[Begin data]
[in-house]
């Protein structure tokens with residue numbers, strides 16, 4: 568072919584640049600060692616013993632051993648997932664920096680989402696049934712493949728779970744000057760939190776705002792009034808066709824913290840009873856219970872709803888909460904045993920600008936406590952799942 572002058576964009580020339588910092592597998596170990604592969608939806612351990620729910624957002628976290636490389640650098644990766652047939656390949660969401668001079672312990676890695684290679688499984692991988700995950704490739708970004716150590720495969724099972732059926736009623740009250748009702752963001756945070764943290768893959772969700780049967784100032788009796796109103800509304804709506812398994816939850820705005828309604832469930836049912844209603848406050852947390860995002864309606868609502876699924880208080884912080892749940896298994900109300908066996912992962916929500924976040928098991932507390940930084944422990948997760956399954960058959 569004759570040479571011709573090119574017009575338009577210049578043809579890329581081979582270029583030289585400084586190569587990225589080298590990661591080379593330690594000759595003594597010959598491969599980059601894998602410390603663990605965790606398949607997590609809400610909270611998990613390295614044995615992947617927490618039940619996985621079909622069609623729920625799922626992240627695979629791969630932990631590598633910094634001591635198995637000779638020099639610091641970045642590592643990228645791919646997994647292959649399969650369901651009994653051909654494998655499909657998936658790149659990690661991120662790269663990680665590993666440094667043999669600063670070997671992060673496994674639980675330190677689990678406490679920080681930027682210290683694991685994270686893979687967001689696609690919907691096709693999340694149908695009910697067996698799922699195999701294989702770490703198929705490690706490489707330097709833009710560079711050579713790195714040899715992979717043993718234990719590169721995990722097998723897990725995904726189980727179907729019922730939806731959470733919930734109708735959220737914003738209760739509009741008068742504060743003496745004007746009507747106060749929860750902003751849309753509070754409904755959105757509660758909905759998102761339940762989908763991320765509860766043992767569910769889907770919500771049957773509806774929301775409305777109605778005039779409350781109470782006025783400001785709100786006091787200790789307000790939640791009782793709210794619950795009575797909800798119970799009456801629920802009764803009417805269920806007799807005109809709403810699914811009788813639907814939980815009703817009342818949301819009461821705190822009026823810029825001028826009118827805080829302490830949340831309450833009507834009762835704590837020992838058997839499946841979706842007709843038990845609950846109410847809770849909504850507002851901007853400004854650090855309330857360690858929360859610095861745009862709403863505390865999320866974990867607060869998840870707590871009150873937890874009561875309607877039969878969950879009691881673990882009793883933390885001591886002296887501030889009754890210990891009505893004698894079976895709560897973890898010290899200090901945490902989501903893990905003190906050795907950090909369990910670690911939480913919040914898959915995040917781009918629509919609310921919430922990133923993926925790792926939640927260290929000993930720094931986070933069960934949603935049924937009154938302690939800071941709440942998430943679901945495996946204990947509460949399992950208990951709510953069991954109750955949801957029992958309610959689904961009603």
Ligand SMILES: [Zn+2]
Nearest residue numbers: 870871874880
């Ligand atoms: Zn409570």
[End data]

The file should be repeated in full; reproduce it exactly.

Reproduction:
[in-house]
């Protein structure tokens with residue numbers, strides 16, 4: 568072919584640049600060692616013993632051993648997932664920096680989402696049934712493949728779970744000057760939190776705002792009034808066709824913290840009873856219970872709803888909460904045993920600008936406590952799942 572002058576964009580020339588910092592597998596170990604592969608939806612351990620729910624957002628976290636490389640650098644990766652047939656390949660969401668001079672312990676890695684290679688499984692991988700995950704490739708970004716150590720495969724099972732059926736009623740009250748009702752963001756945070764943290768893959772969700780049967784100032788009796796109103800509304804709506812398994816939850820705005828309604832469930836049912844209603848406050852947390860995002864309606868609502876699924880208080884912080892749940896298994900109300908066996912992962916929500924976040928098991932507390940930084944422990948997760956399954960058959 569004759570040479571011709573090119574017009575338009577210049578043809579890329581081979582270029583030289585400084586190569587990225589080298590990661591080379593330690594000759595003594597010959598491969599980059601894998602410390603663990605965790606398949607997590609809400610909270611998990613390295614044995615992947617927490618039940619996985621079909622069609623729920625799922626992240627695979629791969630932990631590598633910094634001591635198995637000779638020099639610091641970045642590592643990228645791919646997994647292959649399969650369901651009994653051909654494998655499909657998936658790149659990690661991120662790269663990680665590993666440094667043999669600063670070997671992060673496994674639980675330190677689990678406490679920080681930027682210290683694991685994270686893979687967001689696609690919907691096709693999340694149908695009910697067996698799922699195999701294989702770490703198929705490690706490489707330097709833009710560079711050579713790195714040899715992979717043993718234990719590169721995990722097998723897990725995904726189980727179907729019922730939806731959470733919930734109708735959220737914003738209760739509009741008068742504060743003496745004007746009507747106060749929860750902003751849309753509070754409904755959105757509660758909905759998102761339940762989908763991320765509860766043992767569910769889907770919500771049957773509806774929301775409305777109605778005039779409350781109470782006025783400001785709100786006091787200790789307000790939640791009782793709210794619950795009575797909800798119970799009456801629920802009764803009417805269920806007799807005109809709403810699914811009788813639907814939980815009703817009342818949301819009461821705190822009026823810029825001028826009118827805080829302490830949340831309450833009507834009762835704590837020992838058997839499946841979706842007709843038990845609950846109410847809770849909504850507002851901007853400004854650090855309330857360690858929360859610095861745009862709403863505390865999320866974990867607060869998840870707590871009150873937890874009561875309607877039969878969950879009691881673990882009793883933390885001591886002296887501030889009754890210990891009505893004698894079976895709560897973890898010290899200090901945490902989501903893990905003190906050795907950090909369990910670690911939480913919040914898959915995040917781009918629509919609310921919430922990133923993926925790792926939640927260290929000993930720094931986070933069960934949603935049924937009154938302690939800071941709440942998430943679901945495996946204990947509460949399992950208990951709510953069991954109750955949801957029992958309610959689904961009603």
Ligand SMILES: [Zn+2]
Nearest residue numbers: 870871874880
């Ligand atoms: Zn409570």